• Safety: Use appropriate hearing and eye protection when operating any sort of equipment, and gear-up accordingly.
  • Installation: Finally, think about how easy the material is to install. Will you be doing it yourself, or using a landscape professional? Many suppliers offer do-it-yourself instructions, but these usually deal with the most basic projects. Take along photographs and drawings of your project when shopping. Ask the supplier for suggestions, and have them comment on installing the specific materials. Find out if they can offer assistance if you get into trouble with the project.
  • Care and Maintenance: Weather, weeds and wear will affect your hardscape as it ages. Select a material that will fit the amount of work that you want to put into these factors when making your choice so that you can enjoy your landscape effortlessly.

Landscaping budget: Beyond bricks and blocks

It’s not just the hardscape that will add to your project cost, planning and timeline. Before you install those shiny new patio stones, figure out if you will need to have soil excavated and debris removed. If you are extending the living space by building retaining walls, back-fill material for drainage and new soil will almost certainly be required.
As you prepare the area, you will also need to consider:

  • Drainage: How will the surface and groundwater be affected by the changes to the landscape? Underground tile drains and surface catchments to redirected water may need to be installed, particularly when walls and expansive hard surfaces are being built. An engineering professional or good landscape consultant can point out potential drainage problems and solutions.
  • Foundations, footings and base: A firmly compacted subsoil, and proper covering of crushed gravel, is essential for a stable base for walls, patio areas, driveways and walks. Never cut corners when it comes to preparing the base or early failure of your structure is sure to follow.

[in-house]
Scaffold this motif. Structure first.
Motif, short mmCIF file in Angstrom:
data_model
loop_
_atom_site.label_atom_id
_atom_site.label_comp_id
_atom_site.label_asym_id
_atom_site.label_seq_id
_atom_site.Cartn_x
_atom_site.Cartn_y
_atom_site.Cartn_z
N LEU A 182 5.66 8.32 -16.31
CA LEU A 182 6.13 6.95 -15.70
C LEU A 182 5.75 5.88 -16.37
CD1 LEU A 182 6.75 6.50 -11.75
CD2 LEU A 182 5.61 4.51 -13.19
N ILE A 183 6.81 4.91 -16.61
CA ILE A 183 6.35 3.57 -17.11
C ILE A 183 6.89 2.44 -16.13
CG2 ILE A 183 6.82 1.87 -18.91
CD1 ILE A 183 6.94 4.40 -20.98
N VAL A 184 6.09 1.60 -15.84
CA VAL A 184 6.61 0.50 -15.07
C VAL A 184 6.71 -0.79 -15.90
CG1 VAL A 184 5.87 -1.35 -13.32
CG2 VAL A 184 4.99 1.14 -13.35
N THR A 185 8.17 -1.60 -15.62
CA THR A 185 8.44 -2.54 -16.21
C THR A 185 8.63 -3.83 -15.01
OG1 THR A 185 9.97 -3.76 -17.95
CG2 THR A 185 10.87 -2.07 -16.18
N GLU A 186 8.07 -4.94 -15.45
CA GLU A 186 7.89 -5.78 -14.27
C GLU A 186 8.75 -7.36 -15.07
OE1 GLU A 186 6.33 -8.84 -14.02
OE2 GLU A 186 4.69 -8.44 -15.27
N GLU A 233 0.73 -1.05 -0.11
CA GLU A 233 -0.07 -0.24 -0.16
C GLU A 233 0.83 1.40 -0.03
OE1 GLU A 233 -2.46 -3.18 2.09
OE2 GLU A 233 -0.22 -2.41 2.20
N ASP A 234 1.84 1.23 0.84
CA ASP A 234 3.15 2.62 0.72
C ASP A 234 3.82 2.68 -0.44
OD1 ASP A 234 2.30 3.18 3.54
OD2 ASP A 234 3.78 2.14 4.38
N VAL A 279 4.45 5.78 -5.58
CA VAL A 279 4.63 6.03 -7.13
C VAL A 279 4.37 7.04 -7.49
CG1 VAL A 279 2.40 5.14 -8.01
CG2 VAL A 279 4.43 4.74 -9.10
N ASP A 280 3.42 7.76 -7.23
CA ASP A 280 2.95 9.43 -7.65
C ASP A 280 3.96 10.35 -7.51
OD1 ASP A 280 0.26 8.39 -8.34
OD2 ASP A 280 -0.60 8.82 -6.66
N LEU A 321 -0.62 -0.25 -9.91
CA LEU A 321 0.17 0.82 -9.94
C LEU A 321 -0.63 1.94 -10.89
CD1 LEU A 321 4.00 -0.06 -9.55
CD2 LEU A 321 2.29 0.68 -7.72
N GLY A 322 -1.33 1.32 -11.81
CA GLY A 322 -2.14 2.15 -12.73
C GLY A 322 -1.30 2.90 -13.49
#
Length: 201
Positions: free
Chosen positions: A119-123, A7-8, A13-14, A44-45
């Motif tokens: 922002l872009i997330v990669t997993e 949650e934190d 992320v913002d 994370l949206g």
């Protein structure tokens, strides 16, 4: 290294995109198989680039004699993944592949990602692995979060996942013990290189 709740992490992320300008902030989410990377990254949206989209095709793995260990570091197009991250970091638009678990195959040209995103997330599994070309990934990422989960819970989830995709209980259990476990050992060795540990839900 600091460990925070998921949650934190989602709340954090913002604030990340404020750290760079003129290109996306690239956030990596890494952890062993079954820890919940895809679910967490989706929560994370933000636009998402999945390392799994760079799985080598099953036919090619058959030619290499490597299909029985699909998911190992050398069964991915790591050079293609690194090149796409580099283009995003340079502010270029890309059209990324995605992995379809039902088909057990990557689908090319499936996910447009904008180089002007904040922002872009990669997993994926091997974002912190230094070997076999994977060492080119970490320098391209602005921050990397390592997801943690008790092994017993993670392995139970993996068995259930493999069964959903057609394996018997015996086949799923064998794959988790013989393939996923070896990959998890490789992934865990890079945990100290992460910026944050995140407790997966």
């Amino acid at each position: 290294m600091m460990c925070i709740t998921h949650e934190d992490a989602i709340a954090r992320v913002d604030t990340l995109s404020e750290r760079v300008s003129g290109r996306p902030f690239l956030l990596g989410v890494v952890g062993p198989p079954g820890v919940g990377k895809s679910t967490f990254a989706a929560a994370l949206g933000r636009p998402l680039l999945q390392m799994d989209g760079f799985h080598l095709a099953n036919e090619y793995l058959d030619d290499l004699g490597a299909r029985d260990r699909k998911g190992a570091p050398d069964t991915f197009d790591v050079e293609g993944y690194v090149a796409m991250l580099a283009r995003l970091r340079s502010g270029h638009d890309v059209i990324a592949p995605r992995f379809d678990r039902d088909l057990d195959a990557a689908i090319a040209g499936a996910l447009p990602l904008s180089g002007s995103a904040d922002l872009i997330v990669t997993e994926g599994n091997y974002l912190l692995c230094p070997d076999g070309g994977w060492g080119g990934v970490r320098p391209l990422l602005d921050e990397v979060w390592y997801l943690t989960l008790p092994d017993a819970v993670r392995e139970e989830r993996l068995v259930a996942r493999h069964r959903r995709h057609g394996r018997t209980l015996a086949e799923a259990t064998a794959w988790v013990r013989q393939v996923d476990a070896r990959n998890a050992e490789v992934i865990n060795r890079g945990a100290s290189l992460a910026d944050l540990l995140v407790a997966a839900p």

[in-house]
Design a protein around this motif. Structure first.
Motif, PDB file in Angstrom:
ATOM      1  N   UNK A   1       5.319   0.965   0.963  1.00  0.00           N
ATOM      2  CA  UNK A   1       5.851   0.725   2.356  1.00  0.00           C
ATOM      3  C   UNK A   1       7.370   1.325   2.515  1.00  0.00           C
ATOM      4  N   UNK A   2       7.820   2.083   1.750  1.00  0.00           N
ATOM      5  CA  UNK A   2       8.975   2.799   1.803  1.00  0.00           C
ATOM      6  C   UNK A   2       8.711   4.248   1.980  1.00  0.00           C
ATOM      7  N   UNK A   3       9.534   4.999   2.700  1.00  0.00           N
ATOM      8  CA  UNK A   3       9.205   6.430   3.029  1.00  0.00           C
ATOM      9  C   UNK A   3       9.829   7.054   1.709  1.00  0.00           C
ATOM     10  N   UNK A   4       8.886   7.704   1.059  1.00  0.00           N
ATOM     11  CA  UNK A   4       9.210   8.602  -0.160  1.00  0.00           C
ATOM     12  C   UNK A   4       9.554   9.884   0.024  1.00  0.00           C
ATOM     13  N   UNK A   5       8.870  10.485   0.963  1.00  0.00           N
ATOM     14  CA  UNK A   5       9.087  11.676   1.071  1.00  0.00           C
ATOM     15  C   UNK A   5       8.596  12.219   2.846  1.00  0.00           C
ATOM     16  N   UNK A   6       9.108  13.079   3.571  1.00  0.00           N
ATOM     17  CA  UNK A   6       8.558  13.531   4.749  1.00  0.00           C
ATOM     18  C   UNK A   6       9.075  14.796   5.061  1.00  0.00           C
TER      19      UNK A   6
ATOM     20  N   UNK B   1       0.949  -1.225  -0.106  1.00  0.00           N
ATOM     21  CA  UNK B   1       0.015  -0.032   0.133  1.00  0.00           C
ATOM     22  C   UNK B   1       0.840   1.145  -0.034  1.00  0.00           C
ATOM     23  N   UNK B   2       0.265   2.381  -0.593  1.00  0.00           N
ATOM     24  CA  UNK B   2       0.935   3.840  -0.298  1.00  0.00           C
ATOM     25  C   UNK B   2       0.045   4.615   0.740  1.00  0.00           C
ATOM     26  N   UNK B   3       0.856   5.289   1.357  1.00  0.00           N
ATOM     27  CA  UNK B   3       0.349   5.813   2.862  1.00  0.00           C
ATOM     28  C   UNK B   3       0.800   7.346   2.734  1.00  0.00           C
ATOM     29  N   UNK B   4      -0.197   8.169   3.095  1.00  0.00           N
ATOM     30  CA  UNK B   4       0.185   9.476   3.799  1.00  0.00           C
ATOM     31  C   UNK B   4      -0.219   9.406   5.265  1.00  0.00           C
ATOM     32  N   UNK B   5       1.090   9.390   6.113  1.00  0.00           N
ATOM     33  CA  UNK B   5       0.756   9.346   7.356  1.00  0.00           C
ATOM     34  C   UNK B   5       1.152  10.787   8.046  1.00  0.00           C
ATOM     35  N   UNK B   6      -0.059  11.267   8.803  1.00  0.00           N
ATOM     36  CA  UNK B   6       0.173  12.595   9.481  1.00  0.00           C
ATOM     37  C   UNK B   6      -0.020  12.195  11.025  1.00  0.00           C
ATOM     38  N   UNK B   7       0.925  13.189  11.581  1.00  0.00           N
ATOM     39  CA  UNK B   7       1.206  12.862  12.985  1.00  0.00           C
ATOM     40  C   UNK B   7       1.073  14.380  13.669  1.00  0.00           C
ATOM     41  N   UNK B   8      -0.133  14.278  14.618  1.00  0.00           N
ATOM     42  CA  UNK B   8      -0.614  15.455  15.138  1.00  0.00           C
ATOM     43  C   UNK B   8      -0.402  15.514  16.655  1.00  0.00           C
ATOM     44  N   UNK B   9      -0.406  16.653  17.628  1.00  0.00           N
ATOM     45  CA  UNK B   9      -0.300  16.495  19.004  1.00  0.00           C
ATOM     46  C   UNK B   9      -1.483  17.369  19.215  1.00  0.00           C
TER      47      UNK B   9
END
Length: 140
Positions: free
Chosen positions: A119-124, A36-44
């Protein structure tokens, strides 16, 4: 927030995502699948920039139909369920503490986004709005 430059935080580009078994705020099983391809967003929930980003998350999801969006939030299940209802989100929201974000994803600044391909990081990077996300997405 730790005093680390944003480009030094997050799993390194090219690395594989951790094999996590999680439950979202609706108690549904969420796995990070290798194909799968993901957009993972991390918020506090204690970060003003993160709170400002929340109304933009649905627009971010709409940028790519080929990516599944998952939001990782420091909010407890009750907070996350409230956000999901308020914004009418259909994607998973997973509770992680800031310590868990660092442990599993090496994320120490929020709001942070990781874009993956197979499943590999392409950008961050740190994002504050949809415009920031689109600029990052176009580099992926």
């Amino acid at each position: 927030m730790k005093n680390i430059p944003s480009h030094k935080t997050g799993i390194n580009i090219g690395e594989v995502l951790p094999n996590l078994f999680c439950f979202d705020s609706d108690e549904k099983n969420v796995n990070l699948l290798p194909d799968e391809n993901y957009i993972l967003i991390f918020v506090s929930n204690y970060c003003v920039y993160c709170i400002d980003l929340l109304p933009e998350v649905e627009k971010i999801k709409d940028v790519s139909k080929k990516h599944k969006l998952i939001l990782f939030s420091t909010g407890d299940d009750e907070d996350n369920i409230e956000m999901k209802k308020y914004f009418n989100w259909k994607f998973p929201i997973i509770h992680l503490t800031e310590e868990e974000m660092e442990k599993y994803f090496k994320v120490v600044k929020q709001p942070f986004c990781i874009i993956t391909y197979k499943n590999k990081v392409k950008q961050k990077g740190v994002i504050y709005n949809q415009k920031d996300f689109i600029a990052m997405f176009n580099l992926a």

• Fasteners: Many concrete wall-blocks are engineered to “Lego” together, and rely on substantial weight to hold them securely. If you are not using these formed blocks, then adhesives, nails, bolts, reinforcing rods or mortar may be required to hold materials securely.

Should I do it?

By this time you may be frustrated and confused about what you thought would be a fun and enjoyable project. Don’t be! Your project is going to be a great part of your landscape. If your frustration is skill, time, lack of knowledge or tools, think about contacting a landscape professional to build or assist with your project. A certified landscape professional will be able to take your ideas and requirements and turn them into the beautiful garden you envision. Whether they do all or part of the project, by being prepared, you can be sure your project is completed as planned, so you can be proud of your landscape.

Robert Welsh is an instructor of Landscape Horticulture at Capilano College, a Certified Horticultural Technician, the Horticulture Articulation Chair, and on the board of
HortEducationBC (

Photo: Bruce Hunter, Hunter Landscape Design Ltd.